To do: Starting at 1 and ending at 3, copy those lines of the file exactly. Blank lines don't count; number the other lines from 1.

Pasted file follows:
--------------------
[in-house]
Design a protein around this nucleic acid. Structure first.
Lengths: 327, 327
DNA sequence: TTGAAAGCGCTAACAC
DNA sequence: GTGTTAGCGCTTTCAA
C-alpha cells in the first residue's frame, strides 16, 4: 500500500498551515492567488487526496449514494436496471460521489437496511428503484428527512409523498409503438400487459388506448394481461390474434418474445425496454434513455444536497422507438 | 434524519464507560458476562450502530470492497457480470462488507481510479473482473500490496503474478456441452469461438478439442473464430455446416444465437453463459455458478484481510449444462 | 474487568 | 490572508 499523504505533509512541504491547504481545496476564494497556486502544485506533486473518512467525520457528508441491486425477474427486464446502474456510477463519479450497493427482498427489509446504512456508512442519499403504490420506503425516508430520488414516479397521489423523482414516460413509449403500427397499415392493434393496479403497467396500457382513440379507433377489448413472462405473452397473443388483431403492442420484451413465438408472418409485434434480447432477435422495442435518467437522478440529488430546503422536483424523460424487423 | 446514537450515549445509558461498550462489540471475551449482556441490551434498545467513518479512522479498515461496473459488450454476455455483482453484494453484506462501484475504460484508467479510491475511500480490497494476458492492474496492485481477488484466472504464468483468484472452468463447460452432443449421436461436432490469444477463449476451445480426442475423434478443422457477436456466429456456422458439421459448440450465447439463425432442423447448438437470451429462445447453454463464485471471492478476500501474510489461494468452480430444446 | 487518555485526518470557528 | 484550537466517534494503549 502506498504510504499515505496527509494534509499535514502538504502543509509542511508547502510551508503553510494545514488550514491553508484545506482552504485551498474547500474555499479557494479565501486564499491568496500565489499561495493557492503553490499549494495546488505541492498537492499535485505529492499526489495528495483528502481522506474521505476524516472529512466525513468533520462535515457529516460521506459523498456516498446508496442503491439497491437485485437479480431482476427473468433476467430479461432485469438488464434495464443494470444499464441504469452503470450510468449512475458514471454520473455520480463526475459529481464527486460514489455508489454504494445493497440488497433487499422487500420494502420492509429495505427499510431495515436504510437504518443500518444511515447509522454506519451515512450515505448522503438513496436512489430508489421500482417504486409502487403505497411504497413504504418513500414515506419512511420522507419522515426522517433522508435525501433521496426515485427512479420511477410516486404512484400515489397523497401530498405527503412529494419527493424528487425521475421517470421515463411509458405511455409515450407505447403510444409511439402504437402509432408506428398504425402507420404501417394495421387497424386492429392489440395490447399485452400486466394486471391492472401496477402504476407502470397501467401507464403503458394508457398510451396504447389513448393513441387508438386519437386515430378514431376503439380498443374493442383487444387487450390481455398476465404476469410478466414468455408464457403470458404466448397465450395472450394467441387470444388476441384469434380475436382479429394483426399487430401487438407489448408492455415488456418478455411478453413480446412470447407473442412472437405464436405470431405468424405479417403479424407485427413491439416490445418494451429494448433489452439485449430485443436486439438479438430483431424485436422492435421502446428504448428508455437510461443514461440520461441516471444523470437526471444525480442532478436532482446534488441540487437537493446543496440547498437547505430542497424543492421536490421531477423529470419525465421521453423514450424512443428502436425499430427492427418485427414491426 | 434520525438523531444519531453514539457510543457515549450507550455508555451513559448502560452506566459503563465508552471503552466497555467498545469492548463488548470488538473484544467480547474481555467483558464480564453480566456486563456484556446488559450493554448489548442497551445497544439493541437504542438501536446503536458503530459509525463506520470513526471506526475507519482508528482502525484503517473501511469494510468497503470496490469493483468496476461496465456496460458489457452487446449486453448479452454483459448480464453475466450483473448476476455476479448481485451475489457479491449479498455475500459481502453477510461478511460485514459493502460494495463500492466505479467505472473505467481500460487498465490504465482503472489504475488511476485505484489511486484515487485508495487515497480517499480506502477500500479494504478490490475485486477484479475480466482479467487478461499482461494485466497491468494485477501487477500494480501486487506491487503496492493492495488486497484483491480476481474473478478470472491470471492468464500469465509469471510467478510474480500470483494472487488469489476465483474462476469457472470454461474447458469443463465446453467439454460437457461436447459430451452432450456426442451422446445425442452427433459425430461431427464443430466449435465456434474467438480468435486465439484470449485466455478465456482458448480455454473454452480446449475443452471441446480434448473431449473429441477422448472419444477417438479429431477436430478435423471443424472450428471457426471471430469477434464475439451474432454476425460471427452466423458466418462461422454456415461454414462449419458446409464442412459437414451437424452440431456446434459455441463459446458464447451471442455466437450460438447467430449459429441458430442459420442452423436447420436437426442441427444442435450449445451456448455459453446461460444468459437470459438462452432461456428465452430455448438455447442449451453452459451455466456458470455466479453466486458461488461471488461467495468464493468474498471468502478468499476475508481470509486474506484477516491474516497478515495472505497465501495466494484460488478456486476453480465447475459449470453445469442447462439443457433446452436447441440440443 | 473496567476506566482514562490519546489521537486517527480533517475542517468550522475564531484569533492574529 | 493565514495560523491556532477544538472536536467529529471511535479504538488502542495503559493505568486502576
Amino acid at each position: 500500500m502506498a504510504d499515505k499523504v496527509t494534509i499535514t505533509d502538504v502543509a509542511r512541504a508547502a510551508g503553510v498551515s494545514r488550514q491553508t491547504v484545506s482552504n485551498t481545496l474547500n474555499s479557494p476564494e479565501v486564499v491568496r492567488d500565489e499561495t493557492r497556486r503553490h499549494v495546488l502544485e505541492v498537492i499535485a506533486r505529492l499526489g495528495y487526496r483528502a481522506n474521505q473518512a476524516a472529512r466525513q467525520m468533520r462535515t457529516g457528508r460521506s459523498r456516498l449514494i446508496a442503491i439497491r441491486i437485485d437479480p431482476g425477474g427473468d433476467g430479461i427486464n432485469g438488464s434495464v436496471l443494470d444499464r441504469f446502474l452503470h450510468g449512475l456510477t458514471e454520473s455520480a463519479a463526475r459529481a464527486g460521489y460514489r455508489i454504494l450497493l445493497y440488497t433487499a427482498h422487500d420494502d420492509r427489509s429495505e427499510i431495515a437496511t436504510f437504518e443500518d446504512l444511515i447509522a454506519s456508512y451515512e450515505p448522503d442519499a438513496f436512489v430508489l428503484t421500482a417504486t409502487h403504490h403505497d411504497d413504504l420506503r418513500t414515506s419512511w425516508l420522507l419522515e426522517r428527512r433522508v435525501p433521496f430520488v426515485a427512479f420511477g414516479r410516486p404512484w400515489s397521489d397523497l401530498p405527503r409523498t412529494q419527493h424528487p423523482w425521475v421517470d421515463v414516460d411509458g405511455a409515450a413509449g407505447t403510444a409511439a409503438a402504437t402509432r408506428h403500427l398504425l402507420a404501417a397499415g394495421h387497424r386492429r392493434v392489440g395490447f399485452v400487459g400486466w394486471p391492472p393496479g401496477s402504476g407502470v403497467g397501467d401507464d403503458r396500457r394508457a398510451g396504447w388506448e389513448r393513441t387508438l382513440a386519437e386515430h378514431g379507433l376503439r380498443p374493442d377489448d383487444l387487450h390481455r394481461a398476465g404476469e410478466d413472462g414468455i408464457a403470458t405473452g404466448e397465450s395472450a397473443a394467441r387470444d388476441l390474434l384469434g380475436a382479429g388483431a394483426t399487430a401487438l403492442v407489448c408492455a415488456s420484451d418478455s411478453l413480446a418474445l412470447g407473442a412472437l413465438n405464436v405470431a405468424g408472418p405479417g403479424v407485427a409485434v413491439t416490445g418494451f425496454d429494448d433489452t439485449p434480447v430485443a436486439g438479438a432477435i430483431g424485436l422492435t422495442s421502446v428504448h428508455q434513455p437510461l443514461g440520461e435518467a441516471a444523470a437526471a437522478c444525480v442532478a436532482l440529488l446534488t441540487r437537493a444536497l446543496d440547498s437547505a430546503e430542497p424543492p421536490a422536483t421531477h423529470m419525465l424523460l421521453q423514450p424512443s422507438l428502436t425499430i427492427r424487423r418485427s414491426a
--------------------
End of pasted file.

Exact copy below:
[in-house]
Design a protein around this nucleic acid. Structure first.
Lengths: 327, 327